A very wise priest is fond of starting all his discussions on the sacraments with the following fundamental truth. When teaching on the sacraments, we must remember that nobody encounters God without being fundamentally changed. In the Old Testament the names of individuals were changed. Moses’ face became as bright as the sun, and Elijah & Elisha undertook missions that changed their lives (and the lives of all history) forever after encountering the divine. In the New Testament, prostitutes were pardoned, the blind saw, the lame walked, and sinners dropped everything and followed Christ at only his command.
What does this truth tell us about the Sacrament of Baptism? While all sacraments do indeed change us, baptism is one of three sacraments where the change is special indeed. Along with the sacraments of Matrimony and Holy Orders, baptism fundamentally changes the nature of the Christian. Paragraph 1241 of the Catechism of the Catholic Church tells us that in baptism, we are anointed priest, prophet, and King.
Another way to understand this is that as we are conformed to Christ, we share in the authority of Christ to a greater and greater degree. Christ’s priesthood manifests itself in two different fashions today. We see the ordained priesthood and the priesthood of all believers.
The ordained priesthood is the one most Catholics are familiar with. When the Christian is ordained a priest in the order of Melchizedek, he shares in the authority of Christ’s priesthood in regards to offering the Sacrifice of the Mass, providing the sacraments, and sharing in the governance of the Church on a spiritual and juridical level. Yet there is another way in which Christ’s priesthood is expressed.
While the concept of a priesthood of all believers has been frequently misunderstood, we should never deny its very ancient patrimony. (Exodus 19:6, 1 Peter 2:5) When the people of God are described in Scripture, priestly is a connotation that always describes them. While an ordinary layman cannot change bread into the Body of Christ or forgive sins in the confessional, how do we share in Christ’s priesthood?
A very simple way we do so is through the power of bestowing a blessing. When you end a conversation with “God Bless” you are performing a priestly act. We are imploring God on behalf of another for his favor. In the case of parents, they can actually bestow God’s favor upon their children, such as when Jacob blesses his children in the book of Genesis.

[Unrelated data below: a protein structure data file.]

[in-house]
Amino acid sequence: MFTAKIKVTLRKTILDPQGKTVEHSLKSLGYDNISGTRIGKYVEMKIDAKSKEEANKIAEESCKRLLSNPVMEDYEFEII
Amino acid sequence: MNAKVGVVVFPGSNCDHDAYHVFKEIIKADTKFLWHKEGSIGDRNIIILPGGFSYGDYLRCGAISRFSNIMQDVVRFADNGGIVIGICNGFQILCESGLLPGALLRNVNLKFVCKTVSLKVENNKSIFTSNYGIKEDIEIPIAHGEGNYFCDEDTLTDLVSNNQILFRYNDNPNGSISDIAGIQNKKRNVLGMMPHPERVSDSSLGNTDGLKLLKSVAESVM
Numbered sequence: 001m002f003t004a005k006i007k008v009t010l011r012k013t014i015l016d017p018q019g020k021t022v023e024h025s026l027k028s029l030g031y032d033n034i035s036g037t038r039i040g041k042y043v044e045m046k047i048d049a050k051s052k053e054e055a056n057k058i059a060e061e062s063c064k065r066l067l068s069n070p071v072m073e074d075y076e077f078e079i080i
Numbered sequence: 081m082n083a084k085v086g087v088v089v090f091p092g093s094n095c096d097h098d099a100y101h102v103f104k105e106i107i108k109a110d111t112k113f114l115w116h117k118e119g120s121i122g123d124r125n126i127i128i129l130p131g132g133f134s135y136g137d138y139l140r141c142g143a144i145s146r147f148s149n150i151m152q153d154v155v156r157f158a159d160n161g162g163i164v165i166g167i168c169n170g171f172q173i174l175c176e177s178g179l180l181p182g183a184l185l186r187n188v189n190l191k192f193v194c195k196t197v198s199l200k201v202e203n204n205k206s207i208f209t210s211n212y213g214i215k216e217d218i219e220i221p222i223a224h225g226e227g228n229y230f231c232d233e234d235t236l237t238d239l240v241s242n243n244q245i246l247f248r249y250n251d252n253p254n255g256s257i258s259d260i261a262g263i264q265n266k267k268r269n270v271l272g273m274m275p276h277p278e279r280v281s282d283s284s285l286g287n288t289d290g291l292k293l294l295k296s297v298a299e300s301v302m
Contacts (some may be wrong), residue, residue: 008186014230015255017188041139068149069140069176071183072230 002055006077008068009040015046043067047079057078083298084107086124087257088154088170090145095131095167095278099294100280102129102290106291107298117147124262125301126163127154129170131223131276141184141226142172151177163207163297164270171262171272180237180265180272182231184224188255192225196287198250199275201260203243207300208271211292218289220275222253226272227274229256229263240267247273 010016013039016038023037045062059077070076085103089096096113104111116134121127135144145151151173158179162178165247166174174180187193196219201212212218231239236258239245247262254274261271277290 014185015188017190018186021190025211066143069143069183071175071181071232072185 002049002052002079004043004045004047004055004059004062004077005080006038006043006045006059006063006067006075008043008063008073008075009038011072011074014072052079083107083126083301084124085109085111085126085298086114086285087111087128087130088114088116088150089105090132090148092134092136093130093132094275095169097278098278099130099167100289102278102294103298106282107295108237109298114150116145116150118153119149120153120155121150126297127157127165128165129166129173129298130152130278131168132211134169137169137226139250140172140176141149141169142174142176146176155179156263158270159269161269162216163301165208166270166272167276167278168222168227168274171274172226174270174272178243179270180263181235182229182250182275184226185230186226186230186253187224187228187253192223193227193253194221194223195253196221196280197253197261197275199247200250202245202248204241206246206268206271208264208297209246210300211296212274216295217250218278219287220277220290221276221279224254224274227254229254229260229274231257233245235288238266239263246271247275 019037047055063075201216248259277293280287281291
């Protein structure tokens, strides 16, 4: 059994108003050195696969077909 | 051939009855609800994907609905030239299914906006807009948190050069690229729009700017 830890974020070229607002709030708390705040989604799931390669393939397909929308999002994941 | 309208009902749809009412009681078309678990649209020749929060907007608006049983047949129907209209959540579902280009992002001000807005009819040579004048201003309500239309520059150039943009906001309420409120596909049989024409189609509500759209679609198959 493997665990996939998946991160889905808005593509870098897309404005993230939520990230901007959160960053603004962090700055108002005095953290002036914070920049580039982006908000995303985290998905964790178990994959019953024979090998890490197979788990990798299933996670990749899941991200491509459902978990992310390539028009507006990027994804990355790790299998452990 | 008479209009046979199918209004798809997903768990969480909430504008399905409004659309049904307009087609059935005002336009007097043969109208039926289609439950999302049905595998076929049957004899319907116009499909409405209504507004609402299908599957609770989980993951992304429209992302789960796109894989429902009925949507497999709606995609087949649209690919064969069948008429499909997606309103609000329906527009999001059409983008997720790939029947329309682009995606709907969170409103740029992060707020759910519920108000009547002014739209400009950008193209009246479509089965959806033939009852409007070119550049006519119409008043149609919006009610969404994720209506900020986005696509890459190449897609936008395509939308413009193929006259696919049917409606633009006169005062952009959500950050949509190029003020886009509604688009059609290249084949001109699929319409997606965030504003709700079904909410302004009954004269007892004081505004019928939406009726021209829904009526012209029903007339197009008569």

A second way we share in the priestly ministry of Christ is through the act of consecration. When you consecrate something, you take something ordinary, and dedicate it towards a holy purpose. A good example is St. Louis De Montfort’s Total Consecration to Mary, where we take our rather ordinary lives and dedicate them to the Heart of Mary, and therefore Christ. I can take the hands which type on this keyboard and consecrate them to the purpose of attempting to educate those who read this about the Sacraments. Our lives are overflowing with opportunities to consecrate the things of this world under our care to Christ, and if we cannot think of ten such opportunities on any given day, we are doing it wrong.
A final example of our priestly duties is that of sacrifice. While we cannot offer the Mass, we can offer ourselves. Indeed, the Bible commands us to do so. (Romans 12:1, 1 Peter 2:5) Through fasting and penance we can present our afflictions as a sacrifice for our own benefit and the benefit of others. (Job 1:5, Colossians 1:24) Finally, we can take all of these things and offer them alongside the Body of Christ in the Mass, as everything takes on a new significance when joined to the Holy Cross.
Why should we make such a big deal out of these seemingly insignificant things? We do them because Christ did them. Christ offered His blessing upon sinners like Zaccheus and Mary Magdalene. He took simple things like mud and used them to cure the blind. He took a small bit of food and offered it to the Father, and from that small offering thousands were fed. While it is highly unlikely that miracles will occur by our hands, the mere forgiveness of a prostitute turned a woman into one of Christ’s final followers. When looked at in that light, even the smallest of priestly acts should take on new significance.